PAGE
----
Many jobs, sports and recreation activities, getting older, or having a disease such as osteoporosis or arthritis increase the chances of having a knee problem.
-> Acute injuries are the most common cause of knee problems.
-> Sudden (acute) injuries may be caused by a direct blow to the knee or from abnormal twisting, bending the knee or falling on the knee.
Overuse injuries occur with repetitive activities or repeated or prolonged pressure on the knee.
Activities such as stair climbing, bicycle riding, jogging, or jumping stress joints and other tissues and can lead to irritation and inflammation.
Over a long period of time this may lead to wear and tear around the knee and be a cause of osteo-arthritis.
Knee osteo-arthritis (OA) is the wearing of the articular cartilage that is the sponge like material between the two bony ends of the femur and tibia bones.
This happens gradually over time. Having a trauma or injury earlier in life can accelerate wear and tear of the knee, as can being over-weight, or even your genetics can leave you more likely to get OA of the knee.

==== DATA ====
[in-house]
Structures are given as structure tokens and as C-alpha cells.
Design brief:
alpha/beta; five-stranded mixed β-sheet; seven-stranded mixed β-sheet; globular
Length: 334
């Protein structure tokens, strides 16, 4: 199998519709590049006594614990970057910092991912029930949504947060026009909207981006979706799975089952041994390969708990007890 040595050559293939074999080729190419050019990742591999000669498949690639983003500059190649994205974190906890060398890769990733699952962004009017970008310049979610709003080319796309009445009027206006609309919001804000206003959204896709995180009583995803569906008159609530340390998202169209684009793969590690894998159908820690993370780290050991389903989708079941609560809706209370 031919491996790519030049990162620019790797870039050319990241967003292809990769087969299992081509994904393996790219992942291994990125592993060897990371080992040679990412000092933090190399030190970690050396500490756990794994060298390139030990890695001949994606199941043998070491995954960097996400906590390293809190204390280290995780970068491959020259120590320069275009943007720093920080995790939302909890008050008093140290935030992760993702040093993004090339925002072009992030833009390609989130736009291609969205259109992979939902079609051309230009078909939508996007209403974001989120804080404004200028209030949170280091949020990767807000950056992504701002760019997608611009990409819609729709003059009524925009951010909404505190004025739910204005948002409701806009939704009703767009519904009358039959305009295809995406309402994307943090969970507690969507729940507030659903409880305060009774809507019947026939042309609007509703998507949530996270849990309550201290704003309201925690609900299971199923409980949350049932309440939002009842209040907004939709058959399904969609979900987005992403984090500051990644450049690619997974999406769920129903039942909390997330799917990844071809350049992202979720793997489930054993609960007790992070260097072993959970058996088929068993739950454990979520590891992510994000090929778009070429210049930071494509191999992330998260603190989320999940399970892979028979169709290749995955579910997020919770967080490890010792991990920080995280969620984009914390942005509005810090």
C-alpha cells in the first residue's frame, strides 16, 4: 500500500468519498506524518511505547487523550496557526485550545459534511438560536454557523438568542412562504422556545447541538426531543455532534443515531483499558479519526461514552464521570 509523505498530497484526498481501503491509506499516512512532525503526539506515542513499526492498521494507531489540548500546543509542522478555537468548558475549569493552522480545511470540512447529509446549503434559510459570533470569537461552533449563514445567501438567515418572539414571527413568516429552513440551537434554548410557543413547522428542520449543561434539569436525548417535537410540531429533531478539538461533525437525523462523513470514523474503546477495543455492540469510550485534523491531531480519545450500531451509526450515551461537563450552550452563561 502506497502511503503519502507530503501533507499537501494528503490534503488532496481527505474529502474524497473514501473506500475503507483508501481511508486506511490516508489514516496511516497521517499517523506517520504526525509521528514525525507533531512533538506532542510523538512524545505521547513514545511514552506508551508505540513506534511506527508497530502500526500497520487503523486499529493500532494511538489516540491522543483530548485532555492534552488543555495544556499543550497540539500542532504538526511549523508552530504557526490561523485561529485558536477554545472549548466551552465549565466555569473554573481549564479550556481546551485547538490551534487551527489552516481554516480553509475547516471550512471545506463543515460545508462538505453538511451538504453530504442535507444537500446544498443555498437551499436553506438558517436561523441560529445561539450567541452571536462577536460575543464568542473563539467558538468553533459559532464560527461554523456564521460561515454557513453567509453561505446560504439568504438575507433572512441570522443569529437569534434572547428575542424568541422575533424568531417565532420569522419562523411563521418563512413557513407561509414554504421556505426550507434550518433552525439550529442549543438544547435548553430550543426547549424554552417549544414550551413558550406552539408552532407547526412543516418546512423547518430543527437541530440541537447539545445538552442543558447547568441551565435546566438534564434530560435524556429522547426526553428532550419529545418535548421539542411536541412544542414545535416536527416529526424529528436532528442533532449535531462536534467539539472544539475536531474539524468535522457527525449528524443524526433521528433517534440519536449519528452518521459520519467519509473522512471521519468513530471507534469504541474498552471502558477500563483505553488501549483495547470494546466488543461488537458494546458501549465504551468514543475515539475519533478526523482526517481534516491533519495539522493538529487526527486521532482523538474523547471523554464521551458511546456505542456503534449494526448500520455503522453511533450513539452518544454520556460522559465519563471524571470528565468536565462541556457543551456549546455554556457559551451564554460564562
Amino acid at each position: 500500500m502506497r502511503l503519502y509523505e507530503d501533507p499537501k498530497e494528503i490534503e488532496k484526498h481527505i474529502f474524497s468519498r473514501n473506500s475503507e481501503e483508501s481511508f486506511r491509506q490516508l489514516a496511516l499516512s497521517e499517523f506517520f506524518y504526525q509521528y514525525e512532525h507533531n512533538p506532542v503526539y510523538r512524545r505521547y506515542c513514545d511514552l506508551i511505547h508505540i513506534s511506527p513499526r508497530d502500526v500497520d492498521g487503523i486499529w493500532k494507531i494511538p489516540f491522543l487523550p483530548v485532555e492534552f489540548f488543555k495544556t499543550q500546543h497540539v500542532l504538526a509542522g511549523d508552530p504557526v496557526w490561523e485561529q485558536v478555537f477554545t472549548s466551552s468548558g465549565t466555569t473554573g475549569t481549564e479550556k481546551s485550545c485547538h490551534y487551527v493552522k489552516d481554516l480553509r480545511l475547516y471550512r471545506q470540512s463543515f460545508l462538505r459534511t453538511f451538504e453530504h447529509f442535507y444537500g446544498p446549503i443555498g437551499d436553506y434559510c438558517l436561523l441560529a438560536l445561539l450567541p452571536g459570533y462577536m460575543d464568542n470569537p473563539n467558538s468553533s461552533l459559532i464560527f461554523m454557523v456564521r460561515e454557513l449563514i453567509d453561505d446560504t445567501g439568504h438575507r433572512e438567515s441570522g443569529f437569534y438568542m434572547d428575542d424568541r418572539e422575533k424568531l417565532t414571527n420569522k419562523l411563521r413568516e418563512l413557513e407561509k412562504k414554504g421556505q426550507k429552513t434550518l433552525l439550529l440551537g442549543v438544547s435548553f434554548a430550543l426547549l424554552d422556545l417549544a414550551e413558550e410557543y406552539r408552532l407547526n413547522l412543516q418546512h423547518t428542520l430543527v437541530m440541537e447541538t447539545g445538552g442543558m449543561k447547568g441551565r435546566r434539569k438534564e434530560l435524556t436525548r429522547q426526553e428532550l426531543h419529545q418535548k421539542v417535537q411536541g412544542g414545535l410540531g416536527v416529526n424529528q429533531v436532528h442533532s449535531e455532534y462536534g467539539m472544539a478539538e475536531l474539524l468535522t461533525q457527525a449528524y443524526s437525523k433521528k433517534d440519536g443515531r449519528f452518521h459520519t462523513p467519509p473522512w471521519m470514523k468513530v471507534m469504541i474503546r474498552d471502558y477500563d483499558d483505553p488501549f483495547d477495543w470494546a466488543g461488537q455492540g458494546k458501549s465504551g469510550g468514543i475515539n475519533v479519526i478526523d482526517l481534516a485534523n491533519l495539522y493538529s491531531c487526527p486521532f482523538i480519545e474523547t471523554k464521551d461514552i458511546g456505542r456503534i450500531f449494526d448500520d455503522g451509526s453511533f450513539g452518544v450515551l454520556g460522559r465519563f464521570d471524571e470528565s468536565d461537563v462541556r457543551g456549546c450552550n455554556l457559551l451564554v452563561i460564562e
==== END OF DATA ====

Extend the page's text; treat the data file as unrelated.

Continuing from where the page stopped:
The good news is that knee OA can be helped by Physiotherapy and following the right advice and exercises.
The chances of developing OA increases as we age. Most people over the age of 60 will have some level of OA, it just depends on the joints affected and the severity.
The changes that occur as we age increase the likelihood of OA being present, but the severity and pain of the OA affected joint seems to be more related to other factors including injury, obesity, genetics and joint biomechanical and anatomical factors.
As we age, the tissues surrounding the joints (tendons, ligaments, cartilage, bone and muscles) contribute to the development of OA due to changes within the cells themselves. These changes can lead to development of products that can change the mechanical properties of the tissues within the joint.
Due to this, OA is a condition that can also be seen in people as young as 20 or 30 years old.Changes in the ligaments, tendons, muscles, cartilage or bone due to trauma, injury or repetitive use, can start the changes we see as we age, and contribute to the development of OA.
It has been shown though that the development of OA in younger populations is much slower, meaning that at least for a while, the ability of the body to change and adapt to injury is much more efficient in younger populations than adult populations.